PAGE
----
Emmy-winning filmmaker Nancy Buirski spotlights Le Clercq’s ballet career, struggle with polio, and influence on George Balanchine, Jerome Robbins and dance.
Of all the great ballerinas, Tanaquil Le Clercq (1929–2000), known as “Tanny,” was surely among the most transcendent. With a body unlike any before hers, she mesmerized viewers and choreographers alike as principal dancer with the New York City Ballet, and became a muse to both her husband George Balanchine and friend Jerome Robbins. Then, at age 27 and the height of her fame, Le Clercq was paralyzed by polio; she never danced again. Emmy- and Peabody-winning filmmaker Nancy Buirski (The Loving Story) brings Tanny’s poignant story to the screen for the first time in American Masters — Tanaquil Le Clercq: Afternoon of a Faun.
To illustrate Tanny’s personality, exquisite dancing and long, racehorse physique, which became the new prototype for Balanchine’s ballet dancers, the film uses photos, home movies and kinescopes, including a rare recording of her voice. American Masters — Tanaquil Le Clercq: Afternoon of a Faun also features new interviews with those who knew her, including fellow New York City Ballet dancers Jacques d’Amboise and Arthur Mitchell and friends Randy Bourscheidt (former president of the Alliance for the Arts), Barbara Horgan (Balanchine’s long-time assistant), and Pat McBride Lousada (former dancer). These first-hand stories combined with evocative music and archival footage reveal how one woman influenced an entire art form and sparked the creative imagination and adoration of two of its most prolific, renowned creators.
“Tanny was the nexus of inspiration, beauty and invention, suddenly turned into a statistic. I wanted to treat her dramatic experience as poetry and create an intimate film that captured this mood,” said writer, director and producer Nancy Buirski. “I’m thrilled Tanny will join Balanchine and Robbins — the men she inspired — as ‘American Masters.’”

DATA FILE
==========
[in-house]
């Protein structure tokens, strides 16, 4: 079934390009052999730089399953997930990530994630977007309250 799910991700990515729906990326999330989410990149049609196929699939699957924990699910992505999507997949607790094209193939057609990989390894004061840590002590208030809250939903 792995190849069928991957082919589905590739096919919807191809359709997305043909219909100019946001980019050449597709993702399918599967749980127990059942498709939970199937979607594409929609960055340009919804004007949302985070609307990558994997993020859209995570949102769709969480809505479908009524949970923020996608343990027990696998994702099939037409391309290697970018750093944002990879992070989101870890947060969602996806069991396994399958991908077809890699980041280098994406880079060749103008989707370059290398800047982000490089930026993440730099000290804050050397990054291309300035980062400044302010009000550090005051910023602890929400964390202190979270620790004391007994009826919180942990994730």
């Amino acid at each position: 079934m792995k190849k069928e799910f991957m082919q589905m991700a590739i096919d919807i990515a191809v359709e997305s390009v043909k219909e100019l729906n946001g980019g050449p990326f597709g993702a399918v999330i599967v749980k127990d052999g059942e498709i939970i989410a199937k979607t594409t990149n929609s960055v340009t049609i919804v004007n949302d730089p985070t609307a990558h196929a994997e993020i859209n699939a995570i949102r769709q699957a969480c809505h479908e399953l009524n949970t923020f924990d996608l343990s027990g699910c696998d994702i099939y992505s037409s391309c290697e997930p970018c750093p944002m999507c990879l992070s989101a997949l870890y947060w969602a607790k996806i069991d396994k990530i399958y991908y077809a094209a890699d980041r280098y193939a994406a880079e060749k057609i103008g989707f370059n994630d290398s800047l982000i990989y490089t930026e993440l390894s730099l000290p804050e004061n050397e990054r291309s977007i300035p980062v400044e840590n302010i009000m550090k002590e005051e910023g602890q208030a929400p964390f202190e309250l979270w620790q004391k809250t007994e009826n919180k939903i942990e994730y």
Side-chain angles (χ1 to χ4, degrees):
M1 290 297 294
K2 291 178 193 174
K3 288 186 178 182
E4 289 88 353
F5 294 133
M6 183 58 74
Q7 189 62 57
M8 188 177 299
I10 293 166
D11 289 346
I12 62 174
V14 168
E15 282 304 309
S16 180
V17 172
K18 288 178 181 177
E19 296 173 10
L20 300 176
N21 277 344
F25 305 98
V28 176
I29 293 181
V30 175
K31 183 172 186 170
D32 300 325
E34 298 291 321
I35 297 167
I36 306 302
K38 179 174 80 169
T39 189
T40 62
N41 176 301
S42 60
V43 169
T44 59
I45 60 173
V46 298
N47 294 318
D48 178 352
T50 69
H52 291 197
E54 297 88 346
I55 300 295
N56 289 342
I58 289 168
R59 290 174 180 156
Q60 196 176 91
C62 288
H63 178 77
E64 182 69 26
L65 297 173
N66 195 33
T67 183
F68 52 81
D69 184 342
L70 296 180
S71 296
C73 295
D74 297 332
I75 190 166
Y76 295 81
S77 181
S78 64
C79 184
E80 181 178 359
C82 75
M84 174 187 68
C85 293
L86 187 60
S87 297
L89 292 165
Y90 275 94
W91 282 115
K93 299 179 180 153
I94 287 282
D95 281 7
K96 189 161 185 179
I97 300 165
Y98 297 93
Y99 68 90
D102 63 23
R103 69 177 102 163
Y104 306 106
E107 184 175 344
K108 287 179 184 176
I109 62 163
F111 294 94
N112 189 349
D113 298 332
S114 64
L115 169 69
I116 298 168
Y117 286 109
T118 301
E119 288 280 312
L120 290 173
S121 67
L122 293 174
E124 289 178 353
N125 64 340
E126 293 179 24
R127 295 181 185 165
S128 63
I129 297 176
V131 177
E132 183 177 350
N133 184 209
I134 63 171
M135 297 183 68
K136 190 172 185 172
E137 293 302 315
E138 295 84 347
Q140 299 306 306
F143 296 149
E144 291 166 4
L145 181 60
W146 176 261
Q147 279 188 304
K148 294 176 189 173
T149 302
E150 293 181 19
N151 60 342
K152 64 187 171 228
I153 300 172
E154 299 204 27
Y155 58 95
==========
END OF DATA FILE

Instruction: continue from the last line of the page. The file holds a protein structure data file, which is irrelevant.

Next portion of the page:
“I’m eager for our viewers to discover Tanny and her inspiring life story,” said Michael Kantor, executive producer of American Masters. “Films like Nancy’s are what make the series unique. Masters are not just the names you know, but the creators, performers and industry titans who leave an indelible impact on our culture.”
A DVD will be available June 24 from Kino Lorber. The documentary had its world premiere at the 51st New York Film Festival and was an official selection at the 64th Berlin International Film Festival.
Launched in 1986 by series creator Susan Lacy, American Masters has earned 26 Emmy Awards — including nine for Outstanding Non-Fiction Series since 1999 and five for Outstanding Non-Fiction Special — 12 Peabodys, an Oscar, three Grammys, two Producers Guild Awards, and many other honors. Now in its 28th season on PBS, the series is a production of THIRTEEN Productions LLC for WNET. WNET is the parent company of THIRTEEN and WLIW21, New York’s public television stations, and operator of NJTV. For more than 50 years, THIRTEEN has been a partner with the tri-state community, using its rich resources to inform and inspire the passionate people of New York and the world to better understand and address the issues that challenge our diverse communities.
American Masters is also seen on the WORLD channel, a 24/7, full-service multicast channel featuring public television’s signature nonfiction documentary, science and news programming, broadcast in nearly two-thirds of the United States.